Australian Army Captain helps train Afghan pilots and Joint Terminal Air Controllers
22 April 2016
The initiative of an Australian Army Black Hawk pilot deployed to Afghanistan has increased the effectiveness of Afghan Air Force pilots, their aircraft and the Afghan Joint Terminal Air Controllers who direct air launched munitions onto ground targets.
Captain (Capt) L, deployed in October last year to the General Command Police Special Units (GCPSU) at Hamid Karzai International Airport (HKIA) as a senior mentor.
Shortly after he arrived, he realised there was limited use of Afghan Joint Terminal Air Controllers (JTACS) and the integration of them with their Air Force intelligence, surveillance, target acquisition and reconnaissance (ISR) aircraft.
"Towards the end of October the GCPSU operational tempo increased significantly," Capt L said.
"One of the deficiencies of the Afghan Air Forces' Special Mission Wing (SMW) was they didn't have fire support aircraft to protect their helicopter assault force, which is used to insert special forces operators into high-risk areas".
"Although the conventional Air Force had aerial fire support assets, GCPSU did not regularly have access to them."
When these aircraft were available, the Afghan JTACs often lacked the skills to support training or missions.
Identifying the capability gap, Capt L decided to improve the situation.
"I approached the two schools that trained Afghan JTACS and asked them how they were trained, and liaised with the SMW ISR platforms to generate an exercise which best demonstrated their capabilities and limitations," he said.
"I discovered their JTACs received training, but were not always given opportunities after their training to practise their trade."
Capt L then, along with a group of officers from Afghanistan and six other coalition nations, established a working group named TOLO AFTAB or Rising Sun.
"Once a week we meet to develop training for Afghan JTACs in fires and ISR integration," he said.
"So they could receive some training currency and become a more effective asset for their ground force commanders."
Capt L and his group then set about organising a series of training activities, which culminated with a TOLO AFTAB live-fire exercise.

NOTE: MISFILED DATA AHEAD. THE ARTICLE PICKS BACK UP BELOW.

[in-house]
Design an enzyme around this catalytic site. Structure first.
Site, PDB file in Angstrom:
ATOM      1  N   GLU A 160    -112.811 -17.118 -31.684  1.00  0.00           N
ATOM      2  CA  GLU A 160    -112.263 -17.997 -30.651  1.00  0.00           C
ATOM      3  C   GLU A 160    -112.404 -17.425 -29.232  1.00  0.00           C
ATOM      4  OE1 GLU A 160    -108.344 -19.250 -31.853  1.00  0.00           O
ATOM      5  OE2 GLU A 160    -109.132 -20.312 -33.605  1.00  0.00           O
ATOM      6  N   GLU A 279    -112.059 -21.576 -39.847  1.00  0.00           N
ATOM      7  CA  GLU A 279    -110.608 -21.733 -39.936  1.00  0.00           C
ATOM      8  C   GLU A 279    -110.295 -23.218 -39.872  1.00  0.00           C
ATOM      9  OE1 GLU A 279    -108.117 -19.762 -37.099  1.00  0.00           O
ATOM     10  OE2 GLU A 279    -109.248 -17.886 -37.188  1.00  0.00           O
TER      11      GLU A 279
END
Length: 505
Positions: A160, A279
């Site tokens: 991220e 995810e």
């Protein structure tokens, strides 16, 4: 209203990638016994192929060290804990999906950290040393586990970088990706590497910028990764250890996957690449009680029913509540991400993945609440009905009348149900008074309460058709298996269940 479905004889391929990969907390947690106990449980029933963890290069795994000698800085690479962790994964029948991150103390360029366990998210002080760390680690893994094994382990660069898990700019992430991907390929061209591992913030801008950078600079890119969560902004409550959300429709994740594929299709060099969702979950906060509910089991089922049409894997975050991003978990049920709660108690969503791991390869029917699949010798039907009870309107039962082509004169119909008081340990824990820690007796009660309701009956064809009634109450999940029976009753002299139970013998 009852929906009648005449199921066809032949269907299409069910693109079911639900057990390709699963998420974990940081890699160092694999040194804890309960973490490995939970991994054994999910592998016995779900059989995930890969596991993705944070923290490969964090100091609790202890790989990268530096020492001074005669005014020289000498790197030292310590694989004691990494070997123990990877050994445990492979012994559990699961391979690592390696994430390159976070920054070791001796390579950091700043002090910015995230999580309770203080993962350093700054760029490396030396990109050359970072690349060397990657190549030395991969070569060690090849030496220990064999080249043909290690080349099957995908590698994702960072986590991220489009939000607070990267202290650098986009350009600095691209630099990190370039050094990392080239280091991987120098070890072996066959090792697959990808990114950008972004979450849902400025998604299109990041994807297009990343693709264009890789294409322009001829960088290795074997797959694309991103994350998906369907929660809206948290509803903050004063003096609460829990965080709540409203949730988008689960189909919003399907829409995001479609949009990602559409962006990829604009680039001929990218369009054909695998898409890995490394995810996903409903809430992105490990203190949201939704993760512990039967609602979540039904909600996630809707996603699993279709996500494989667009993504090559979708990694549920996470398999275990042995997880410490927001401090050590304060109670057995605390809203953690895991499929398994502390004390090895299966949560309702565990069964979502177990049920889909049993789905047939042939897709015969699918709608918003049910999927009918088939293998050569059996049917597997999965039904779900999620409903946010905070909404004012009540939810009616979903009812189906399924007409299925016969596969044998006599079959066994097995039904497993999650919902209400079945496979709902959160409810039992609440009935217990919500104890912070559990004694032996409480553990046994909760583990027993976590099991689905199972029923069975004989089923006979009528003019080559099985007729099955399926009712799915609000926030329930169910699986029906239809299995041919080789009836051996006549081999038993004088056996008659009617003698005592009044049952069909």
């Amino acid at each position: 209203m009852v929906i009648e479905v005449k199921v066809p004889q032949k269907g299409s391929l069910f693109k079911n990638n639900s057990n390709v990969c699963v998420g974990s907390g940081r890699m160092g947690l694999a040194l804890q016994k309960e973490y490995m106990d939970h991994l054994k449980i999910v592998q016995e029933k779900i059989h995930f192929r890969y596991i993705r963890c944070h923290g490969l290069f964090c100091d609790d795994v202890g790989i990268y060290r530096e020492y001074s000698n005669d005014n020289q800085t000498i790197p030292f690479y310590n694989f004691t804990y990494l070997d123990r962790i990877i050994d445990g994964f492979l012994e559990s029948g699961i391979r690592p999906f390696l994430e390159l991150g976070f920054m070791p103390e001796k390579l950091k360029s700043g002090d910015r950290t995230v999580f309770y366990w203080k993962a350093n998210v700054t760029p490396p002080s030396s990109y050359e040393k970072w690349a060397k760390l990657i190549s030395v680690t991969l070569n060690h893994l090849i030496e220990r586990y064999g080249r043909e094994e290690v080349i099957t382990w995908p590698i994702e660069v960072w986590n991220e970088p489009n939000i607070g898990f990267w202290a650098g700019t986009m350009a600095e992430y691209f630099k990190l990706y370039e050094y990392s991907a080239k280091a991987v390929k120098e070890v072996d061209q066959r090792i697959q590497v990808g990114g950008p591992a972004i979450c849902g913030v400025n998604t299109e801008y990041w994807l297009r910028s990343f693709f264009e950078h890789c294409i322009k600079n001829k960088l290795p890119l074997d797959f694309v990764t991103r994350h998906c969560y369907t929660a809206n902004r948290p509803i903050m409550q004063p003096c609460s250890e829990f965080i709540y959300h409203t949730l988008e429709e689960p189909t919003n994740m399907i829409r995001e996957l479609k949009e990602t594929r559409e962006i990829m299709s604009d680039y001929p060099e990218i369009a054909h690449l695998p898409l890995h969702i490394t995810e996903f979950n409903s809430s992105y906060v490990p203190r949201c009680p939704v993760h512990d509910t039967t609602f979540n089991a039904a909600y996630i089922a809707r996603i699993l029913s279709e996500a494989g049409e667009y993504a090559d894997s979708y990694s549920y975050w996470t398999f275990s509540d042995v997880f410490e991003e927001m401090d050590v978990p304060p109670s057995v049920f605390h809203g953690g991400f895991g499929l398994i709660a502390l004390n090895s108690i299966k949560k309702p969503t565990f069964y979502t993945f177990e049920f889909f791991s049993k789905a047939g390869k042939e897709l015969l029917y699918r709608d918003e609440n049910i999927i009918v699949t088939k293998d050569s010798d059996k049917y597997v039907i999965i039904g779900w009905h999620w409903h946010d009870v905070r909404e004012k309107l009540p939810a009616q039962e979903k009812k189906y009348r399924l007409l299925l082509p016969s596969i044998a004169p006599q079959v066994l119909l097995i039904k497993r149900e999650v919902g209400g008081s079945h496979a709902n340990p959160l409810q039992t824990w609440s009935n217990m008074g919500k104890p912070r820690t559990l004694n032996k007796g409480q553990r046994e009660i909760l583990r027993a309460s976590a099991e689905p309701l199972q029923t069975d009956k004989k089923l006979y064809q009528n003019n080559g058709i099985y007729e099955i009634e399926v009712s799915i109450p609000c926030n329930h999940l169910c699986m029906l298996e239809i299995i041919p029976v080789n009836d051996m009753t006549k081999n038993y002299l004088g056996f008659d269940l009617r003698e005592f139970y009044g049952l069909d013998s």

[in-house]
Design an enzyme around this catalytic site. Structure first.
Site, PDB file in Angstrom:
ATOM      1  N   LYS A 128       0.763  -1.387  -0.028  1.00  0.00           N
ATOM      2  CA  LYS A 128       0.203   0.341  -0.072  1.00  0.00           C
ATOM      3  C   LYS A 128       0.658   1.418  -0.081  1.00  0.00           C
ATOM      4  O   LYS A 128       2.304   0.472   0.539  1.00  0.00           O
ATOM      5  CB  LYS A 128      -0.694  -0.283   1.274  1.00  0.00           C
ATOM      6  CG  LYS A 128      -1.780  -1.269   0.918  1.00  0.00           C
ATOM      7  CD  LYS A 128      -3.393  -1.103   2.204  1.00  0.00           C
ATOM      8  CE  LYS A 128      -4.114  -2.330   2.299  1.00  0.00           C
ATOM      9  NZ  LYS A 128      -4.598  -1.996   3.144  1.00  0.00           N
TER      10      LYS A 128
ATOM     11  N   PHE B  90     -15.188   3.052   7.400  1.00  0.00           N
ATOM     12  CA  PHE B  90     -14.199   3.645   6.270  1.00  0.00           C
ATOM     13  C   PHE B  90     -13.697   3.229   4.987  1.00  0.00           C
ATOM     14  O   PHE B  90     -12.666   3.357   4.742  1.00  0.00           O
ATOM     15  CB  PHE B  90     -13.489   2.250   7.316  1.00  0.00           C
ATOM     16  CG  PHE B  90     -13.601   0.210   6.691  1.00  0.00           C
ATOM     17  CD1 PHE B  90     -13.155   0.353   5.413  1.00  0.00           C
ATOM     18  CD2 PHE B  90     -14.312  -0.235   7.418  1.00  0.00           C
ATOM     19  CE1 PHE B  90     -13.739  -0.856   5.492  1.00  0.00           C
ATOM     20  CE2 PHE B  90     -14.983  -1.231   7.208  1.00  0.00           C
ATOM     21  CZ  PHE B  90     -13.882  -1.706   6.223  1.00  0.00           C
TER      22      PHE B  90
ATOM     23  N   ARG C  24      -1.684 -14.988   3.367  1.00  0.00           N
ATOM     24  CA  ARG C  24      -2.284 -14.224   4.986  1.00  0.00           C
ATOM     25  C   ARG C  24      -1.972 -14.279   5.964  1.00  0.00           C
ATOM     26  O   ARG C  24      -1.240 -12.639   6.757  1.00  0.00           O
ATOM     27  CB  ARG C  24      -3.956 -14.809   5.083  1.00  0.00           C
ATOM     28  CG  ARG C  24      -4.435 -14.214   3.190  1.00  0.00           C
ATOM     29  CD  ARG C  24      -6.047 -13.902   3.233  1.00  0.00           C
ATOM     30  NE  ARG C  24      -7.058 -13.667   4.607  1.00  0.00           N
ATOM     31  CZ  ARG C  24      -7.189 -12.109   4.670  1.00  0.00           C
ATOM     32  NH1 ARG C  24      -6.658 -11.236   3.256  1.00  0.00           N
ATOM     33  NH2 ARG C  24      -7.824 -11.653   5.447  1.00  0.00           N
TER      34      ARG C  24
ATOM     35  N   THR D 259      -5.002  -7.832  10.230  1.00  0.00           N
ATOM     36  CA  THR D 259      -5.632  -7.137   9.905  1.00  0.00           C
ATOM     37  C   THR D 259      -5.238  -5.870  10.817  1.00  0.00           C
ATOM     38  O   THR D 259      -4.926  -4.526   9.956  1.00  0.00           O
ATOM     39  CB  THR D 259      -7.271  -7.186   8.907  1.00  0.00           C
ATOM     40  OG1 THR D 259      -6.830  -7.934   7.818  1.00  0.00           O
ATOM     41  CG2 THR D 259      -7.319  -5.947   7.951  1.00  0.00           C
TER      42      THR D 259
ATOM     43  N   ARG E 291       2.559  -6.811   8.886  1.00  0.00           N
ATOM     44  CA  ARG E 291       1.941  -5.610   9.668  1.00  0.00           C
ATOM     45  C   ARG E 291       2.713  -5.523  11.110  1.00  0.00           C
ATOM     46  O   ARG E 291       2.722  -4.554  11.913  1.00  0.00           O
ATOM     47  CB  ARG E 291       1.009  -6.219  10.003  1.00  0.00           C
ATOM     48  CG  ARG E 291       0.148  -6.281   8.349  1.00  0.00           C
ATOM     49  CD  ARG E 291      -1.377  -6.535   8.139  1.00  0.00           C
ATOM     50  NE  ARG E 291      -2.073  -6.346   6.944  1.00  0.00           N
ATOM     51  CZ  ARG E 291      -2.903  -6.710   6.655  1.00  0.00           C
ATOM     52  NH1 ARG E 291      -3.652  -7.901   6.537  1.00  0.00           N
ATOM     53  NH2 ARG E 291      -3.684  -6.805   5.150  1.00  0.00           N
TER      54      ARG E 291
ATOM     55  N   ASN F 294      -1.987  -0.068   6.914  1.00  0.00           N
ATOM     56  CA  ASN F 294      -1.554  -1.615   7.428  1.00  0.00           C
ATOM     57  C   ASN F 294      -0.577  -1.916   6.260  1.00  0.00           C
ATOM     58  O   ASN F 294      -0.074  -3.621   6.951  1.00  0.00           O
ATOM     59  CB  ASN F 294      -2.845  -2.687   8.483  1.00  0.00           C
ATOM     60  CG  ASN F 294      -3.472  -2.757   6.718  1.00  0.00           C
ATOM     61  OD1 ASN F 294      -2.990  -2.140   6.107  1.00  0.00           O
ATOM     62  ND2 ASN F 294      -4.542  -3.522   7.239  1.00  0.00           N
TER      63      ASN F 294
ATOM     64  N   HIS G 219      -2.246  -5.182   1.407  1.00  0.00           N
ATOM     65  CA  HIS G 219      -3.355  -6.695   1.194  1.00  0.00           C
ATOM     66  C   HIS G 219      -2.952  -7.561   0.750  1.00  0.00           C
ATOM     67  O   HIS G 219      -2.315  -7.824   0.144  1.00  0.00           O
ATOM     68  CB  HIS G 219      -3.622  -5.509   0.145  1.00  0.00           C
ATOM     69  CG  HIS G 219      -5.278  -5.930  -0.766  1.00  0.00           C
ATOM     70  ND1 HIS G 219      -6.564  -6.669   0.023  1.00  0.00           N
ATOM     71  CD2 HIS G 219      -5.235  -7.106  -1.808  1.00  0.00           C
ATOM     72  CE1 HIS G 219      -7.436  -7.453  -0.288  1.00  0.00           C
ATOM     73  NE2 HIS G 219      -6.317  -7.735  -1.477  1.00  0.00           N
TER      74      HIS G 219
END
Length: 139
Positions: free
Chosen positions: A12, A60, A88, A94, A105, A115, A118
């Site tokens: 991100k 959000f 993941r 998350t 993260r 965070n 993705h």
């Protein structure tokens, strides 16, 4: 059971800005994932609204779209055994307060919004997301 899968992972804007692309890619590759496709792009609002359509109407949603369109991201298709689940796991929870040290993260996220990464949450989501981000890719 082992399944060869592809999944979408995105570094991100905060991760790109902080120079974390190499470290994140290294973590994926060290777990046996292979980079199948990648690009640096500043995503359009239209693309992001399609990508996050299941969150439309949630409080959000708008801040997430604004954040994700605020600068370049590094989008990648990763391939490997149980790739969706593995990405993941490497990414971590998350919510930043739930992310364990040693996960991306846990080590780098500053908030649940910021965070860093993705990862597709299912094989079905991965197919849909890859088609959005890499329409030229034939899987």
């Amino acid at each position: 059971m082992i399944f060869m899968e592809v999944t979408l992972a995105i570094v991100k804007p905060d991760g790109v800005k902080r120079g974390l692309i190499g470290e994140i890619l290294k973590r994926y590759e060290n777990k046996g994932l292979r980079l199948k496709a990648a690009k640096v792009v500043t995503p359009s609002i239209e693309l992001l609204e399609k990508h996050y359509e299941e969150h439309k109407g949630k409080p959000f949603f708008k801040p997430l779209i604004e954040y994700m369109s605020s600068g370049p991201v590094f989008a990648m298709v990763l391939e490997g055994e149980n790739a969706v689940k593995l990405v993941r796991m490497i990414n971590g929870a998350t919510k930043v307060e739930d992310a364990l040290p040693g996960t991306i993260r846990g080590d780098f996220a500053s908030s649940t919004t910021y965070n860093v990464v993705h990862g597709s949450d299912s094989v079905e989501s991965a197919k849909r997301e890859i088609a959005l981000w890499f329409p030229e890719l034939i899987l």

"So far we have had a significant number of JTACS develop currency through the program after initially giving them a three day refresher course," he said.
"After the three days they come out to a TOLO AFTAB exercise with their mentors.
"During the live-fire exercise the mentor talks the JTAC through what he's about to do with respect to ISR and fires coordination, giving him targets and direction on what type of fire to direct onto the target."
The first live-fire TOLO AFTAB exercise was conducted on January 23.
"So far we've run a number of TOLO ATAB exercises and we've had overwhelming feedback from the police and air force that support them," he said.
"In a recent exercise completed in mid-March, we had a number of ANA JTACS graduate and they were then deployed to units around Afghanistan to support Afghan forces.
"Those students have successfully called in live-fire from their own air force aircraft during real missions."
The training and TOLO AFTAB exercises have increased the Afghans fighting capability utilising their own aviation and JTAC assets.
"This exercise will soon hopefully be organised and conducted entirely by Afghan pilots and JTACS utilising Afghan assets," he said.
"The training and exercise concept now has the backing of the chiefs of both the Afghan Air Force and Defence Force, with some units now utilising it as a requirement prior to deployment or graduation."